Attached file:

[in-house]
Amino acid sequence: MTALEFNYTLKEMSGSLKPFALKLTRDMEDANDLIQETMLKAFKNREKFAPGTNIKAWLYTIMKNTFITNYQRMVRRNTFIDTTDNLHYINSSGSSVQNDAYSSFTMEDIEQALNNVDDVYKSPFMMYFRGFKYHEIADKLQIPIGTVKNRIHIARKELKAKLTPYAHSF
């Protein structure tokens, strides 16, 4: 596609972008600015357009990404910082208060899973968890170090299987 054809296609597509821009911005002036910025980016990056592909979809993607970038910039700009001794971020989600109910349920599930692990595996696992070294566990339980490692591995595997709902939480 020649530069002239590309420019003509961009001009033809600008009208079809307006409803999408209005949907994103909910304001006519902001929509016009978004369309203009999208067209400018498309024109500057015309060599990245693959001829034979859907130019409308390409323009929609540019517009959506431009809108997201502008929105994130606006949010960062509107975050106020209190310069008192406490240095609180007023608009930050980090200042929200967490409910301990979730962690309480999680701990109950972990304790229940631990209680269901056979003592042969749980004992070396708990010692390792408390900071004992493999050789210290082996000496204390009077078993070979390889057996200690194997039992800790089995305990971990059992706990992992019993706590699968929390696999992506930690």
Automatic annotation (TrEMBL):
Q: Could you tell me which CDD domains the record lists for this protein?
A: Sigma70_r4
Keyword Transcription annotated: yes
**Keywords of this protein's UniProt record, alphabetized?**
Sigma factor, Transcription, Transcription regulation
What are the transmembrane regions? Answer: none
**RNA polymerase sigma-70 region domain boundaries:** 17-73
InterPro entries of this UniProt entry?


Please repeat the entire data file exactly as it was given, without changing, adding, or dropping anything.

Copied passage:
[in-house]
Amino acid sequence: MTALEFNYTLKEMSGSLKPFALKLTRDMEDANDLIQETMLKAFKNREKFAPGTNIKAWLYTIMKNTFITNYQRMVRRNTFIDTTDNLHYINSSGSSVQNDAYSSFTMEDIEQALNNVDDVYKSPFMMYFRGFKYHEIADKLQIPIGTVKNRIHIARKELKAKLTPYAHSF
């Protein structure tokens, strides 16, 4: 596609972008600015357009990404910082208060899973968890170090299987 054809296609597509821009911005002036910025980016990056592909979809993607970038910039700009001794971020989600109910349920599930692990595996696992070294566990339980490692591995595997709902939480 020649530069002239590309420019003509961009001009033809600008009208079809307006409803999408209005949907994103909910304001006519902001929509016009978004369309203009999208067209400018498309024109500057015309060599990245693959001829034979859907130019409308390409323009929609540019517009959506431009809108997201502008929105994130606006949010960062509107975050106020209190310069008192406490240095609180007023608009930050980090200042929200967490409910301990979730962690309480999680701990109950972990304790229940631990209680269901056979003592042969749980004992070396708990010692390792408390900071004992493999050789210290082996000496204390009077078993070979390889057996200690194997039992800790089995305990971990059992706990992992019993706590699968929390696999992506930690």
Automatic annotation (TrEMBL):
Q: Could you tell me which CDD domains the record lists for this protein?
A: Sigma70_r4
Keyword Transcription annotated: yes
**Keywords of this protein's UniProt record, alphabetized?**
Sigma factor, Transcription, Transcription regulation
What are the transmembrane regions? Answer: none
**RNA polymerase sigma-70 region domain boundaries:** 17-73
InterPro entries of this UniProt entry?